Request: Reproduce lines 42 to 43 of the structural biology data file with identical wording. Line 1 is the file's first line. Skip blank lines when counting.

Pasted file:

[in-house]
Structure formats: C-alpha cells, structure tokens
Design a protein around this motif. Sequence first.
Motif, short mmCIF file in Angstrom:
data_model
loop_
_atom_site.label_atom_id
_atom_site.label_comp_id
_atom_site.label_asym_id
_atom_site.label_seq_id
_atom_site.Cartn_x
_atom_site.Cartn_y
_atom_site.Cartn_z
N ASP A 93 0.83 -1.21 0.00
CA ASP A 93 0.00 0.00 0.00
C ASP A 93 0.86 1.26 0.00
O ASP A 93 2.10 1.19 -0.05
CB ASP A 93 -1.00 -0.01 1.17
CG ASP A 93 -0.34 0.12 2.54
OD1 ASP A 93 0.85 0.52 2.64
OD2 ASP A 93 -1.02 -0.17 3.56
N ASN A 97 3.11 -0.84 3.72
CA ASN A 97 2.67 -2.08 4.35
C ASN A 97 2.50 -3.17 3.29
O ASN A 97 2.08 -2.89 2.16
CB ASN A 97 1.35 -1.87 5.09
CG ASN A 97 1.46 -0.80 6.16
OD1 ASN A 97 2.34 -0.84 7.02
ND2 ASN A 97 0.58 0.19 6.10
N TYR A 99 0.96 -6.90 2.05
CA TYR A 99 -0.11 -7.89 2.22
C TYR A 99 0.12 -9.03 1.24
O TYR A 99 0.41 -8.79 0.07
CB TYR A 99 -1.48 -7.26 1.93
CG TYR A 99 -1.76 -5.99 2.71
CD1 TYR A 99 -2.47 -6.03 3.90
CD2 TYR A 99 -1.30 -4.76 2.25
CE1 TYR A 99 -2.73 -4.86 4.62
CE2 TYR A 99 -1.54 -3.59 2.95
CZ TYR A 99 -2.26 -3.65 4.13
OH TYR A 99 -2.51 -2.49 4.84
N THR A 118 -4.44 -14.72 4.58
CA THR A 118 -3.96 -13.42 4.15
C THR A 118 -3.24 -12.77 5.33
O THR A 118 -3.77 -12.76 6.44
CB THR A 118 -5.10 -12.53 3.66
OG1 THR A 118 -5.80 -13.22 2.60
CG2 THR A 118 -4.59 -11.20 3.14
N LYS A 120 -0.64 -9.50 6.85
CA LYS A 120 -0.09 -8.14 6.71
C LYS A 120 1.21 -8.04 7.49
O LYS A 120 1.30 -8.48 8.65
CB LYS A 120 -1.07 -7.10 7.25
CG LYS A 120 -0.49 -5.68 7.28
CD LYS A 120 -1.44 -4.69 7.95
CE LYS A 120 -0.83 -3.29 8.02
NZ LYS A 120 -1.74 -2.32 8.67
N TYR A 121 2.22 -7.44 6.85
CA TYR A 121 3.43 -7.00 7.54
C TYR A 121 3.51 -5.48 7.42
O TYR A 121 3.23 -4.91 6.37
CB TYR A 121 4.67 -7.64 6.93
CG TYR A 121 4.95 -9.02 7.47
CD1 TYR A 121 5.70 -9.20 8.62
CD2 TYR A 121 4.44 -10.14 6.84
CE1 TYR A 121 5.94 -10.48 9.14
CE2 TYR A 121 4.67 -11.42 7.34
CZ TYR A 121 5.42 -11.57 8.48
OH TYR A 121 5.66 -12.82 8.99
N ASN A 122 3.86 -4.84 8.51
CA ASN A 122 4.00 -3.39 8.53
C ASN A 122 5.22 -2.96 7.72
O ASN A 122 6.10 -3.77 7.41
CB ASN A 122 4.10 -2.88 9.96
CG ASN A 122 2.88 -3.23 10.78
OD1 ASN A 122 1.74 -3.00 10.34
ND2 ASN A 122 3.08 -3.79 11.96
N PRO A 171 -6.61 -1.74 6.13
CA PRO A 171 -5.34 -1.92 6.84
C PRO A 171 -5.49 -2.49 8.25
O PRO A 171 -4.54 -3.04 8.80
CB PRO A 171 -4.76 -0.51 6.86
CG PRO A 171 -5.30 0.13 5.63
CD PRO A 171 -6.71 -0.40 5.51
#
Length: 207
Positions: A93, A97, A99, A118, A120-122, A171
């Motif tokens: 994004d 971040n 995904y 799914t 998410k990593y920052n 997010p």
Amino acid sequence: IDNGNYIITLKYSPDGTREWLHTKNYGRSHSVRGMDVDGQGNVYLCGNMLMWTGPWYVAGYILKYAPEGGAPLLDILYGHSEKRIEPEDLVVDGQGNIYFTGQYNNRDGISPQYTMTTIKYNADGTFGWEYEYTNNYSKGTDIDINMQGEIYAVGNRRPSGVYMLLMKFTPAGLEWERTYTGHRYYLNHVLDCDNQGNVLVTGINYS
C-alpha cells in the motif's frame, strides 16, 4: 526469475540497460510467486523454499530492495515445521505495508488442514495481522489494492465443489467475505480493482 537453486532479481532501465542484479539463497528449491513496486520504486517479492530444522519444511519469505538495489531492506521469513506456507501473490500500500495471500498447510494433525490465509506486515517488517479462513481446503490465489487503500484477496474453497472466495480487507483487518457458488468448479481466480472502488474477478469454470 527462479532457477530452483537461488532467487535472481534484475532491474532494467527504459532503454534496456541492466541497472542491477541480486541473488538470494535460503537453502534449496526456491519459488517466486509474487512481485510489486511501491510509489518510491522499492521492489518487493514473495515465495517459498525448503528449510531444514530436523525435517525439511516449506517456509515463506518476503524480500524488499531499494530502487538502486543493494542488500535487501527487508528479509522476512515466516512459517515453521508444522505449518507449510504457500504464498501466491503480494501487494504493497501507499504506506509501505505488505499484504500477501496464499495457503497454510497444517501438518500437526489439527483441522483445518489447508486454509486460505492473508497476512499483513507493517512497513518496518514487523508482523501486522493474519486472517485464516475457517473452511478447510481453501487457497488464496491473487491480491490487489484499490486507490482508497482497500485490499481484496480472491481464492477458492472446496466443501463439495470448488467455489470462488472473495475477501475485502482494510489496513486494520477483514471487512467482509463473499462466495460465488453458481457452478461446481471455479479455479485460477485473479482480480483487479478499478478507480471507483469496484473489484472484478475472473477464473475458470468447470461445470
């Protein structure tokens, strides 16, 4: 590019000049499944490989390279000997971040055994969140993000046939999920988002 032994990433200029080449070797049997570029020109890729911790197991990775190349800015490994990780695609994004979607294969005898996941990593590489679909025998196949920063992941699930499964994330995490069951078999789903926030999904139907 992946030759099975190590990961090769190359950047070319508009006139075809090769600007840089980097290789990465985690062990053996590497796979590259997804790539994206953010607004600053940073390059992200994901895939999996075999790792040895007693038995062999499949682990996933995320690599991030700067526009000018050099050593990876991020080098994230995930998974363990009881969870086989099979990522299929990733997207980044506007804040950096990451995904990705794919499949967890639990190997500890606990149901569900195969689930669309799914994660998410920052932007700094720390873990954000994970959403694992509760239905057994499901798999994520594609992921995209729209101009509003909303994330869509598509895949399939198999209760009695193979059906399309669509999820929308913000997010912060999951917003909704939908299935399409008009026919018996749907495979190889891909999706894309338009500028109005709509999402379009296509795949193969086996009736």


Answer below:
N THR A 118 -4.44 -14.72 4.58
CA THR A 118 -3.96 -13.42 4.15